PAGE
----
Cephalon shares were hit this week by fears that the firm’s attention-deficit hyperactivity disorder drug Sparlon, which is currently under review by US regulators, may be slapped with a suicide warning on its label.
The fears were sparked by documents from a Food and Drug Administration advisory committee briefing, posted on its website, which describe 31 cases of suicidality, aggression or psychosis in patients taking Sparlon (modanifil) in clinical trials.
The Committee is due to meet on March 22 to review the safety of ADHD therapies, such as Sparlon, Shire and Noven’s Daytrana (methylphenidate transdermal system; also under review with the FDA) and Shire’s Adderall (mixed amphetamine salts). Cephalon’s New Drug Application for Sparlon is up for review the following day and, if approval is granted, it seems likely that the agent will be branded with a cautionary warning of some kind.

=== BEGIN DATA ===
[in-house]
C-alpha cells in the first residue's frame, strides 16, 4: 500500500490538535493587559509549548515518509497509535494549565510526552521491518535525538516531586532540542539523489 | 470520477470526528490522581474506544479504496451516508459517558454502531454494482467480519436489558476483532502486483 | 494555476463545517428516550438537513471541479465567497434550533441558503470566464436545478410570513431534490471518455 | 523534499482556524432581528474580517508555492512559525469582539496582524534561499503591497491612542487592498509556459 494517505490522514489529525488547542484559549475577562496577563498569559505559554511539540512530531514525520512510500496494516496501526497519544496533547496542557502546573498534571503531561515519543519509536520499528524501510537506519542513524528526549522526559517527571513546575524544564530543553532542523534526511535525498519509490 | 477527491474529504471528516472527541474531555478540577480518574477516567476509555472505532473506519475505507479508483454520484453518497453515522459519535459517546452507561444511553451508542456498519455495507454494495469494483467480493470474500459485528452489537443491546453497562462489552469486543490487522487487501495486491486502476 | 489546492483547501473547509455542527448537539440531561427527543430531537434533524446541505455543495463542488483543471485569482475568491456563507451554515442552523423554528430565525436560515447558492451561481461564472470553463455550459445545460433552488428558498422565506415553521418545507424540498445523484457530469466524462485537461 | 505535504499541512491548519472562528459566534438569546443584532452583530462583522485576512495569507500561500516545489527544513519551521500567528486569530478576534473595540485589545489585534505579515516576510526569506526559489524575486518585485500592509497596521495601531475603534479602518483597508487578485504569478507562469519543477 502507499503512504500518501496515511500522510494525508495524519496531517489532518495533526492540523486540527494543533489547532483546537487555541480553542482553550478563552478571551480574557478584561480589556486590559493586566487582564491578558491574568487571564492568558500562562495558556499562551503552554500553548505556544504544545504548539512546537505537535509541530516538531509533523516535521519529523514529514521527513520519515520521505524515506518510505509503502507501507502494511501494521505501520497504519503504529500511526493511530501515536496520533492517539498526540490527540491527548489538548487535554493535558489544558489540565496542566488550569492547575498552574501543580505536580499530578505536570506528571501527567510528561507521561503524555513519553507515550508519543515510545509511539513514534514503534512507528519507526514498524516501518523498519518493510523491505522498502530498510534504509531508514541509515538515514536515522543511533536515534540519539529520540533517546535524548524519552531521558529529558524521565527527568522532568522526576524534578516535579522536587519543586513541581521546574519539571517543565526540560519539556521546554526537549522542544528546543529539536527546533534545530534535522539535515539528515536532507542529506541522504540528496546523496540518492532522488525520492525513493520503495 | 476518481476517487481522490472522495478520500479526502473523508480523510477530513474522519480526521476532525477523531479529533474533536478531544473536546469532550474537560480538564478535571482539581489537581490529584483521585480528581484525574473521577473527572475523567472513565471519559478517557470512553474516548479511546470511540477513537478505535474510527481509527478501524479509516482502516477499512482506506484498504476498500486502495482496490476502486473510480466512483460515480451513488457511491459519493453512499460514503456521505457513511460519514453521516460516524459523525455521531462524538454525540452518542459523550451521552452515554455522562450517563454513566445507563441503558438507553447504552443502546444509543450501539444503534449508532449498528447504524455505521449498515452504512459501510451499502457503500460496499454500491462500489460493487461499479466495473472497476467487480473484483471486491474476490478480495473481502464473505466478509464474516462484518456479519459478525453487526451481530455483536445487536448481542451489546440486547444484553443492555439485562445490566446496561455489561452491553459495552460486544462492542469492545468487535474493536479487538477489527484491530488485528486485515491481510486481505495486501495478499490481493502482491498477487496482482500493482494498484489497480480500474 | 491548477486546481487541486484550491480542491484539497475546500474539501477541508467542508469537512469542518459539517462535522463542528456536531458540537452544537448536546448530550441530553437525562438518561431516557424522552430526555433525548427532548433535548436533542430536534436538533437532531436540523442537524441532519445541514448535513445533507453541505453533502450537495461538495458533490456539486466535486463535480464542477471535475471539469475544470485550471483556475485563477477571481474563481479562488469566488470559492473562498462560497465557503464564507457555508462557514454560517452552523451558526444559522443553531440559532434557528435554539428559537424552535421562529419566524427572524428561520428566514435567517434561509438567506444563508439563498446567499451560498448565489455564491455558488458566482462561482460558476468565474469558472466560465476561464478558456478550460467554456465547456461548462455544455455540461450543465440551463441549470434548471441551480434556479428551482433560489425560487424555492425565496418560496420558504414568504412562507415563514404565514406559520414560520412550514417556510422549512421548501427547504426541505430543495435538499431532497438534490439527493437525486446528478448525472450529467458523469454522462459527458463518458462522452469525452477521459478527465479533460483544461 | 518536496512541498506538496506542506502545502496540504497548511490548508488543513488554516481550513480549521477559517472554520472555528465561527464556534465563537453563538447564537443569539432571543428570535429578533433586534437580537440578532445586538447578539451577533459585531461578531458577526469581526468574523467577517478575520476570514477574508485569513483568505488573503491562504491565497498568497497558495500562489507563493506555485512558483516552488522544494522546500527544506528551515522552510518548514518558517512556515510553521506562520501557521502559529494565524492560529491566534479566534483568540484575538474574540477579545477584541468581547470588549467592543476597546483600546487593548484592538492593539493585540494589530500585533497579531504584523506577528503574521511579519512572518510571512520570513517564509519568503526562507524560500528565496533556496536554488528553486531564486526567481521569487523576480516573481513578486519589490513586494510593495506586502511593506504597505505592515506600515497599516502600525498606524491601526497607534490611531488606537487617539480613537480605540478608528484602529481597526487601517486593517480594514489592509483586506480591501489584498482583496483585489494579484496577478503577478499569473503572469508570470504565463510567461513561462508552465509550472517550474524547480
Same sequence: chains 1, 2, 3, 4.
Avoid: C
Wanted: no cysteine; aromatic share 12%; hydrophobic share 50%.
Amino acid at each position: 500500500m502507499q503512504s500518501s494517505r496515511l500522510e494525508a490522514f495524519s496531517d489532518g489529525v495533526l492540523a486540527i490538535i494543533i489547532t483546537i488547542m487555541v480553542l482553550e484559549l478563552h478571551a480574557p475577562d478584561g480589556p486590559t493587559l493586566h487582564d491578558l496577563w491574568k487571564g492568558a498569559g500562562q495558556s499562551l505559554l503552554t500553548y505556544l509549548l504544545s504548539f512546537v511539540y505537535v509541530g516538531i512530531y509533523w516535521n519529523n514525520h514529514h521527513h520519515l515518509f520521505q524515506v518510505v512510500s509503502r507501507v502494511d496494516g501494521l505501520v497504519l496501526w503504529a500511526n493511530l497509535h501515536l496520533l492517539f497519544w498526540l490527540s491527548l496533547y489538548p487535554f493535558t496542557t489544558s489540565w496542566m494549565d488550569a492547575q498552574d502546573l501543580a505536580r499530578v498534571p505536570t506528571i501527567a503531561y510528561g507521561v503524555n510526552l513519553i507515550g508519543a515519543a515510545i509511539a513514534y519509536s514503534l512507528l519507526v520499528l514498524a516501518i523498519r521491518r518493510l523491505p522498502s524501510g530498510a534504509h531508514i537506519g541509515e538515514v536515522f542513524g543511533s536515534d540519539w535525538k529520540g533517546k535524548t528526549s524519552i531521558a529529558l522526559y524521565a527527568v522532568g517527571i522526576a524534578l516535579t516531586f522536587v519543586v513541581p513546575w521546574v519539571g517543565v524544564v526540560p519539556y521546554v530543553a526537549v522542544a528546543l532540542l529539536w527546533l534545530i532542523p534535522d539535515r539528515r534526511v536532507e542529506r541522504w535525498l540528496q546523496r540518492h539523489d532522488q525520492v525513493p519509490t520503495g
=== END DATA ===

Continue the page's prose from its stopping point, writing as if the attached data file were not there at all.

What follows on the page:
But the general feeling is that Sparlon could still offer important advantages over rival drugs such as Eli Lilly’s Strattera (atomoxetine), which already carries a suicide warning, and Adderall, as it is associated with a lower potential of abuse as well as less risk to heart health, according to media reports.